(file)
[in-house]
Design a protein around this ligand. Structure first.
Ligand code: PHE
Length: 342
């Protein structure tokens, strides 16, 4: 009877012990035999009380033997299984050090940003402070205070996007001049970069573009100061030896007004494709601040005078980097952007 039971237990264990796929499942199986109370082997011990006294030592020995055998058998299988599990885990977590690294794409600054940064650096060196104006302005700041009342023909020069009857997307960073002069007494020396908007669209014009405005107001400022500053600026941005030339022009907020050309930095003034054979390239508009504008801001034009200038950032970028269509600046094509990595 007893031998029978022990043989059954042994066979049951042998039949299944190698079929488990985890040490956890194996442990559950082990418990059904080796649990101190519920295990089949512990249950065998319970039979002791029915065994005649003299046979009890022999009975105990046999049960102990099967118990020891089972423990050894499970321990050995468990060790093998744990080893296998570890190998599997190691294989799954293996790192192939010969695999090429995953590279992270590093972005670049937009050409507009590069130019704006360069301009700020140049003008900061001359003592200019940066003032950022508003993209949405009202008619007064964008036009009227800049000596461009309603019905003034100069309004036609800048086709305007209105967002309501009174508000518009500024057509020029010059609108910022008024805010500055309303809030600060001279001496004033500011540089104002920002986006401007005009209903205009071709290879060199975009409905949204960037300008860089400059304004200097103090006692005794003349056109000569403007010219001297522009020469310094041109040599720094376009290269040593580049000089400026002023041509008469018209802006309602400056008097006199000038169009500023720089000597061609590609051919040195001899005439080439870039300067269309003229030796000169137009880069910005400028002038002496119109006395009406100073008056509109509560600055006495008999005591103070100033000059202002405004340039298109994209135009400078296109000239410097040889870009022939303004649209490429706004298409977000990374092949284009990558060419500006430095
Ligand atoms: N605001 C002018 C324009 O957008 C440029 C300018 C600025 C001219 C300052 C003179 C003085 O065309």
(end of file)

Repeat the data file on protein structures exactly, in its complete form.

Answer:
[in-house]
Design a protein around this ligand. Structure first.
Ligand code: PHE
Length: 342
């Protein structure tokens, strides 16, 4: 009877012990035999009380033997299984050090940003402070205070996007001049970069573009100061030896007004494709601040005078980097952007 039971237990264990796929499942199986109370082997011990006294030592020995055998058998299988599990885990977590690294794409600054940064650096060196104006302005700041009342023909020069009857997307960073002069007494020396908007669209014009405005107001400022500053600026941005030339022009907020050309930095003034054979390239508009504008801001034009200038950032970028269509600046094509990595 007893031998029978022990043989059954042994066979049951042998039949299944190698079929488990985890040490956890194996442990559950082990418990059904080796649990101190519920295990089949512990249950065998319970039979002791029915065994005649003299046979009890022999009975105990046999049960102990099967118990020891089972423990050894499970321990050995468990060790093998744990080893296998570890190998599997190691294989799954293996790192192939010969695999090429995953590279992270590093972005670049937009050409507009590069130019704006360069301009700020140049003008900061001359003592200019940066003032950022508003993209949405009202008619007064964008036009009227800049000596461009309603019905003034100069309004036609800048086709305007209105967002309501009174508000518009500024057509020029010059609108910022008024805010500055309303809030600060001279001496004033500011540089104002920002986006401007005009209903205009071709290879060199975009409905949204960037300008860089400059304004200097103090006692005794003349056109000569403007010219001297522009020469310094041109040599720094376009290269040593580049000089400026002023041509008469018209802006309602400056008097006199000038169009500023720089000597061609590609051919040195001899005439080439870039300067269309003229030796000169137009880069910005400028002038002496119109006395009406100073008056509109509560600055006495008999005591103070100033000059202002405004340039298109994209135009400078296109000239410097040889870009022939303004649209490429706004298409977000990374092949284009990558060419500006430095
Ligand atoms: N605001 C002018 C324009 O957008 C440029 C300018 C600025 C001219 C300052 C003179 C003085 O065309």